Every Monday, together with Alan, we decide 5 new words we are interested in and we translate them from English, to Polish, to Italian. We write them on a big paper with oil colors, drawing some image of them: in capital letters, you find the Italian words and in small letters you find the translation in Polish. I was the one in charge of writing the Italian words and Alan was the one writing the Polish translation and he also makes drawings.


  • learning new languages (Polish, English and Italian); spreading awareness about cultural diversity; 
  • improving non verbal expression (drawing); 
  • training mind flexibility and the ability of being focused;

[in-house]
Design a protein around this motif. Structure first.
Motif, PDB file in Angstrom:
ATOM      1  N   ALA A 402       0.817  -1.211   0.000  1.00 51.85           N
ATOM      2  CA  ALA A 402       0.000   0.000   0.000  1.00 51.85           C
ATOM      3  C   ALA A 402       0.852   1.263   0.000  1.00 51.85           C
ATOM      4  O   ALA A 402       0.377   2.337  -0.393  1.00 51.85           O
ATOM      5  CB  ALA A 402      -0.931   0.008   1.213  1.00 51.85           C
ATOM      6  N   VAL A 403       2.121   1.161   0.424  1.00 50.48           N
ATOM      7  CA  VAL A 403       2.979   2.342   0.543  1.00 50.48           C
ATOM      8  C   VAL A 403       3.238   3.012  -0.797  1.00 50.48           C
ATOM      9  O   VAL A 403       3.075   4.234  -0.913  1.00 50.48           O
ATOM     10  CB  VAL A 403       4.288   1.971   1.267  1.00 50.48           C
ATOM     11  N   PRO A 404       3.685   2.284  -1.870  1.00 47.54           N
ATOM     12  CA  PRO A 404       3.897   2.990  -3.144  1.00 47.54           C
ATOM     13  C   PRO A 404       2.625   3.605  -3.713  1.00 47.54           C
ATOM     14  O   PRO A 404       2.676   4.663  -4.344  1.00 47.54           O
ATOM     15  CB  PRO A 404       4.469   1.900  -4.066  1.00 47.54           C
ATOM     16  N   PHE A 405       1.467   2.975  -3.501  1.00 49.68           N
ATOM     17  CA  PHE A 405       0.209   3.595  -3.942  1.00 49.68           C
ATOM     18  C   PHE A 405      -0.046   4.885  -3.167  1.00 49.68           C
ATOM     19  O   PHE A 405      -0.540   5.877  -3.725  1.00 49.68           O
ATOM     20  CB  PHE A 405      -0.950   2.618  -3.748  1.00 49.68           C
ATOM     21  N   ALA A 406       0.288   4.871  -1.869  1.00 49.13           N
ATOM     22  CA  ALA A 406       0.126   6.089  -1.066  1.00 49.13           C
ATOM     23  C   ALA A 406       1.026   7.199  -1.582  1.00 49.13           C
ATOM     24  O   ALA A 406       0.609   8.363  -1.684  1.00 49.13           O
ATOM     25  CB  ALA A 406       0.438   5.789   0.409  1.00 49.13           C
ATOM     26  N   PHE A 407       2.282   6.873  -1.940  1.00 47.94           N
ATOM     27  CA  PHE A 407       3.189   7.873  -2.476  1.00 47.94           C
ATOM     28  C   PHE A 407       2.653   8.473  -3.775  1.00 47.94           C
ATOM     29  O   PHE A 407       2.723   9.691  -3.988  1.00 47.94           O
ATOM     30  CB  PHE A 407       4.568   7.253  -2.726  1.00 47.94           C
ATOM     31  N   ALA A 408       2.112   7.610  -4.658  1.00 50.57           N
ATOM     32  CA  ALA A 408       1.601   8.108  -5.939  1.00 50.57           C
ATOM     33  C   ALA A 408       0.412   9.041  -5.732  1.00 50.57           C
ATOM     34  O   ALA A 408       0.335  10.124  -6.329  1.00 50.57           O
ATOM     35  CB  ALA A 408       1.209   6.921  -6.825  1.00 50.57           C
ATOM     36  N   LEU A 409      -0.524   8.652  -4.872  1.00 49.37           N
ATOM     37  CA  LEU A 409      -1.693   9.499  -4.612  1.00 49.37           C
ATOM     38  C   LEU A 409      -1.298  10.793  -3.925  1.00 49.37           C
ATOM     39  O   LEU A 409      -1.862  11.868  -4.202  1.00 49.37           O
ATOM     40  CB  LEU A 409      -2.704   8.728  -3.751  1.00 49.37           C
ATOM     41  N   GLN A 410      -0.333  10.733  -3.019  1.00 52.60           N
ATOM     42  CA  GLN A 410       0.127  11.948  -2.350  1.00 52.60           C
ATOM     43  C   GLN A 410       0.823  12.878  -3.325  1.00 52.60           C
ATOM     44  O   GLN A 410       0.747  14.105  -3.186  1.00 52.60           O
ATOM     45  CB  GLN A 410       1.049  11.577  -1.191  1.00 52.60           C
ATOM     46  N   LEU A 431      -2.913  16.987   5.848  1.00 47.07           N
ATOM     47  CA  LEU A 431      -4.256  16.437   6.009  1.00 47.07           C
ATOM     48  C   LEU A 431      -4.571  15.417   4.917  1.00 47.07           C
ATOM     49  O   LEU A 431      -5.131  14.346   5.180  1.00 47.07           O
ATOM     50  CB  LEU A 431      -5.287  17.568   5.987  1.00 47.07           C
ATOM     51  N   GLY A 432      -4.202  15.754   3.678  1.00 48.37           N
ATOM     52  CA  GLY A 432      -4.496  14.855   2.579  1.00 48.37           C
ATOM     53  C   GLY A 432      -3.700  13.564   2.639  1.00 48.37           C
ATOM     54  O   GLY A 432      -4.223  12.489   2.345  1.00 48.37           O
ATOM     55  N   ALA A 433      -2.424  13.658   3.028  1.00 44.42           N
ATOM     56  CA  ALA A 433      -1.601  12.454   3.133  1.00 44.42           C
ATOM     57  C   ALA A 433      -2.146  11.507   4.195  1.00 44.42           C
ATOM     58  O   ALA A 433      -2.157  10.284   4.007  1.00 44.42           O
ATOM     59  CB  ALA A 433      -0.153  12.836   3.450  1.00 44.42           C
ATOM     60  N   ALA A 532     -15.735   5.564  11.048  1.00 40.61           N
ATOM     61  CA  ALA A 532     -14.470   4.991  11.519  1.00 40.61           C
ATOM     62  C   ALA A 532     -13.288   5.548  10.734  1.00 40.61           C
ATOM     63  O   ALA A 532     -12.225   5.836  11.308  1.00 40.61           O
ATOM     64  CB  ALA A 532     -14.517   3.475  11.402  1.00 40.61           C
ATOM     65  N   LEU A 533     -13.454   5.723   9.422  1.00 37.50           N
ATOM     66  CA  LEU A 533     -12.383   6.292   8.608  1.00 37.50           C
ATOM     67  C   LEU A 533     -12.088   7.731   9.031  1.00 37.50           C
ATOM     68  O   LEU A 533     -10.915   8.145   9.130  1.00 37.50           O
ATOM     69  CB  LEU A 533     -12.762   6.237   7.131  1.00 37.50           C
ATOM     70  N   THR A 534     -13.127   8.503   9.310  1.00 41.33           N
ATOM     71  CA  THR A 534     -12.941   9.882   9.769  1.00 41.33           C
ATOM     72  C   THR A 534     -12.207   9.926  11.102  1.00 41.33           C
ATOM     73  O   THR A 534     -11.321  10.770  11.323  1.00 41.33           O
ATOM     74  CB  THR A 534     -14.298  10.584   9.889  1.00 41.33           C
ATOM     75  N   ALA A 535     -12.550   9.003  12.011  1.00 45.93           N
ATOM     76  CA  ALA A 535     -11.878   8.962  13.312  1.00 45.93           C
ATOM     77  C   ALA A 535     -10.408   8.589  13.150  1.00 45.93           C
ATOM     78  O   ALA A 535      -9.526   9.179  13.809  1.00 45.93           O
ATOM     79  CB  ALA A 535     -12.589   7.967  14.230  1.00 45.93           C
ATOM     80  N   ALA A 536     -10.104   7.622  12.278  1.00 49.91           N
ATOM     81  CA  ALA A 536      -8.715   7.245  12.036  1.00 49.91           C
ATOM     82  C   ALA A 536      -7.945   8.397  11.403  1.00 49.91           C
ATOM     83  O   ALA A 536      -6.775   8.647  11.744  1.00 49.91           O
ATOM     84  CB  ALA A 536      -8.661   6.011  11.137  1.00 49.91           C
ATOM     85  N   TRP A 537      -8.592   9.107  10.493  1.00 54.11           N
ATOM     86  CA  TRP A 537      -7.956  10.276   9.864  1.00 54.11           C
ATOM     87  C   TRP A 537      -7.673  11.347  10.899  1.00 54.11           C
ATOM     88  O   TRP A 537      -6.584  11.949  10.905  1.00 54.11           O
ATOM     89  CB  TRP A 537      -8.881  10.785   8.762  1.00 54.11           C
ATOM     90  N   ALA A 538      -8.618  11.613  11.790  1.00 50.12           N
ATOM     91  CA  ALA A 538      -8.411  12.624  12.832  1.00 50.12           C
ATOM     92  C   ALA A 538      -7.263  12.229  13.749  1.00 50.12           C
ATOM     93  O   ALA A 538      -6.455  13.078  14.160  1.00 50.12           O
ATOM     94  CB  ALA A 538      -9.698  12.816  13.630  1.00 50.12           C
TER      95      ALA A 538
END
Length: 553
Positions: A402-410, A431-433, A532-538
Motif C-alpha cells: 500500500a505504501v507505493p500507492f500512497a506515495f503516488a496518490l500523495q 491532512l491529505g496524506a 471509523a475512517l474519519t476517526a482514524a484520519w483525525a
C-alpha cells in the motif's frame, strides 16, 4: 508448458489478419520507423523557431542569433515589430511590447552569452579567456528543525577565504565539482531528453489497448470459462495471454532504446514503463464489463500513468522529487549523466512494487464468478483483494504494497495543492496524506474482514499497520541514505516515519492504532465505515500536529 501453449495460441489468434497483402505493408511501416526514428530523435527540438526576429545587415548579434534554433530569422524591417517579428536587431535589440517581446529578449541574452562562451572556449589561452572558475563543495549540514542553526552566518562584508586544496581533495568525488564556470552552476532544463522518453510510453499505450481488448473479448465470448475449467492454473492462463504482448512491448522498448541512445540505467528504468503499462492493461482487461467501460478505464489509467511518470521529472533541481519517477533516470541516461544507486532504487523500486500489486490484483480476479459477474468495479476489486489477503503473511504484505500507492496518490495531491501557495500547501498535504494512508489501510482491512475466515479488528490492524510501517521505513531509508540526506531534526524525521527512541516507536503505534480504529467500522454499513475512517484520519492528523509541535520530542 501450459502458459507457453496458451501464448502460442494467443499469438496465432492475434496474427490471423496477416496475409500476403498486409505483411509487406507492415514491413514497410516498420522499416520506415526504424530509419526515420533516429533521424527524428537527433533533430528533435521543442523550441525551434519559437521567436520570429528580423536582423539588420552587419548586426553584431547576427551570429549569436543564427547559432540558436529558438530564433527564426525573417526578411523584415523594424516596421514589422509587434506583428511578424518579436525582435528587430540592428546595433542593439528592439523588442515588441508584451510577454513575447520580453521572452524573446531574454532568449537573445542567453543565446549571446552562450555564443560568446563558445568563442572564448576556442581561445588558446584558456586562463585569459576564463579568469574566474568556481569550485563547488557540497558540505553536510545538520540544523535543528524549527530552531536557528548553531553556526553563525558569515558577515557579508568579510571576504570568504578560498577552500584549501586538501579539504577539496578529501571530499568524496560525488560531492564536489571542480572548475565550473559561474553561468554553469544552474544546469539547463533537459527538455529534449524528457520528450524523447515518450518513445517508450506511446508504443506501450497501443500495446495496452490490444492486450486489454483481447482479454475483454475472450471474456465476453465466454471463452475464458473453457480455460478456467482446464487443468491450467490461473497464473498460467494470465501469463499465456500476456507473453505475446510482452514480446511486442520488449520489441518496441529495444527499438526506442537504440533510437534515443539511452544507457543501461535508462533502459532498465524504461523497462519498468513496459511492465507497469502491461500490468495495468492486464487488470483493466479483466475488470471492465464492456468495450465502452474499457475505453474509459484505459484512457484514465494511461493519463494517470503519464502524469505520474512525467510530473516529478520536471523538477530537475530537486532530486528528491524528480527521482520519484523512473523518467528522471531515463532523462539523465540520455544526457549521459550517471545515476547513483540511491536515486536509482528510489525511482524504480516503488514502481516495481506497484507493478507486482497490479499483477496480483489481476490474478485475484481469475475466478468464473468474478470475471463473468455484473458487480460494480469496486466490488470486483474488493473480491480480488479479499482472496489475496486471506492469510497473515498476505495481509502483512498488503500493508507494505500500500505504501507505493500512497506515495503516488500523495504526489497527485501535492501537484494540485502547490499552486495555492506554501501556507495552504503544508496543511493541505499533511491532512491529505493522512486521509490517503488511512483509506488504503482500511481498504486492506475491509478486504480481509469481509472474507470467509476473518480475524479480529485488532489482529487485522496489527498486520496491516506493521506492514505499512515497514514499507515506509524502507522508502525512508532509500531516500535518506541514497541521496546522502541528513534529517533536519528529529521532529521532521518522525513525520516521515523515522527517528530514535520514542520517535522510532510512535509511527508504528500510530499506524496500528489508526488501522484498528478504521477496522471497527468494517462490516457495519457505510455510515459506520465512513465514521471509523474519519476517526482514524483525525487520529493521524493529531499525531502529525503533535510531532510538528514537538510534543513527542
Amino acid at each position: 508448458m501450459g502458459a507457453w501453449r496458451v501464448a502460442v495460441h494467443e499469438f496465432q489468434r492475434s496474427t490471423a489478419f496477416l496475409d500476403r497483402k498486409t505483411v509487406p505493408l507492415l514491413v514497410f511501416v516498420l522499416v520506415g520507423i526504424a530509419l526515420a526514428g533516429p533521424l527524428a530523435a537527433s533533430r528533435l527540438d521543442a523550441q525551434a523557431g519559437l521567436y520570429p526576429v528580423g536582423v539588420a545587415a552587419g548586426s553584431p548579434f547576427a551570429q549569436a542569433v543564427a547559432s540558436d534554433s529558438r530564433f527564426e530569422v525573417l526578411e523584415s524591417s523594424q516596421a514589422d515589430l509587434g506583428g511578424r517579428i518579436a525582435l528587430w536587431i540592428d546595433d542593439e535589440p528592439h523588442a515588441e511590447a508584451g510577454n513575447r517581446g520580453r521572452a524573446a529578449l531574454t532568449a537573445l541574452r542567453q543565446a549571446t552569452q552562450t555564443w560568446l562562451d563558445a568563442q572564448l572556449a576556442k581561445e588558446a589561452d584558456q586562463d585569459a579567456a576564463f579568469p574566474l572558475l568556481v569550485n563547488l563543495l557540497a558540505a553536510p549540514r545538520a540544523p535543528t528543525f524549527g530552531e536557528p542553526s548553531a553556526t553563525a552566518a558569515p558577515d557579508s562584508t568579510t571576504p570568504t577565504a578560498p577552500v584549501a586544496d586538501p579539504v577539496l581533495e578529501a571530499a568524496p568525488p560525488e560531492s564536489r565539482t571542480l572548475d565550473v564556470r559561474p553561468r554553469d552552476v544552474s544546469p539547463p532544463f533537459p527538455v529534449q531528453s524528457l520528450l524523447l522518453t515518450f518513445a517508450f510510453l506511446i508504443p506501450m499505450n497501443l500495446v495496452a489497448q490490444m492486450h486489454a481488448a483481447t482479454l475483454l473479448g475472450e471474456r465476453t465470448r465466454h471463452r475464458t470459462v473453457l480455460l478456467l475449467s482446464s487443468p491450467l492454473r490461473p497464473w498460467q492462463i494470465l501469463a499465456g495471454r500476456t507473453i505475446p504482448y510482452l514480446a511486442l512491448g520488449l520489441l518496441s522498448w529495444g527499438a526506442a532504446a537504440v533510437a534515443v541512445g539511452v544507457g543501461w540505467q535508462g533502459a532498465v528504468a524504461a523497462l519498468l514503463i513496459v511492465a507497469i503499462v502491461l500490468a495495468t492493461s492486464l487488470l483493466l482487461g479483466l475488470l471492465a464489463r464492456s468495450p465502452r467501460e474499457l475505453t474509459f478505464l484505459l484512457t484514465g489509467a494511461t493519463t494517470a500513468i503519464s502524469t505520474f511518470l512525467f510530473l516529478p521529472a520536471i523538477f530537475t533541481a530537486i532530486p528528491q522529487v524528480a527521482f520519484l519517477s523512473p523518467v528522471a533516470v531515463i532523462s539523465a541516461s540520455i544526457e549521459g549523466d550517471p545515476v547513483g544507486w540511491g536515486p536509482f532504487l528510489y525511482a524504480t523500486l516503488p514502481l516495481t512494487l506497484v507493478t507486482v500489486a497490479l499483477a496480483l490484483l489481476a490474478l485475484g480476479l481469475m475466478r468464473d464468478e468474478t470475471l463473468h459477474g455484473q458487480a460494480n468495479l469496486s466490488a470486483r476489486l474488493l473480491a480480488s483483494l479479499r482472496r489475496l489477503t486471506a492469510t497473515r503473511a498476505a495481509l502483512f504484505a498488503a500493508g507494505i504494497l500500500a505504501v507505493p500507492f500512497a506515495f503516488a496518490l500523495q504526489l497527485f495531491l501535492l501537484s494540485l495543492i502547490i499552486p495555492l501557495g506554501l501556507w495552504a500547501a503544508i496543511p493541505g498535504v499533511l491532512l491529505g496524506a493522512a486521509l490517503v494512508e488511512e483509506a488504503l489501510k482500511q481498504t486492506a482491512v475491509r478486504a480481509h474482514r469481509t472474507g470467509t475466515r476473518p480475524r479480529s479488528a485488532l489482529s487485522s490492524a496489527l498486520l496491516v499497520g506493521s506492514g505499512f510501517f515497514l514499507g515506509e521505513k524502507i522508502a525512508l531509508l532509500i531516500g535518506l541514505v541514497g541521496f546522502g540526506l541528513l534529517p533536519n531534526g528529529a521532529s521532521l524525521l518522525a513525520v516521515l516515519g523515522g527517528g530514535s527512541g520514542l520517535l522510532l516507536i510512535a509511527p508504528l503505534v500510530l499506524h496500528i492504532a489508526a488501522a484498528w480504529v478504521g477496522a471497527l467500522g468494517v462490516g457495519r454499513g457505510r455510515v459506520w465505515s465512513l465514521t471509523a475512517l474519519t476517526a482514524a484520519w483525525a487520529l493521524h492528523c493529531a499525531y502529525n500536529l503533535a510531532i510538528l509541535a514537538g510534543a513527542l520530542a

• deepening relationships.


At the beginning, it was only a personal project, part of the school newspaper. Short people employed me as advertiser and my task was just to add some words in Italian so everyone could see them and if people were interested, they would have started to learn. From the very beginning, during the day, I found some short people, teenagers and even parents staring at the board, trying to pronunce them, laughing about the sounds of the words, and sometimes asking me for explanation.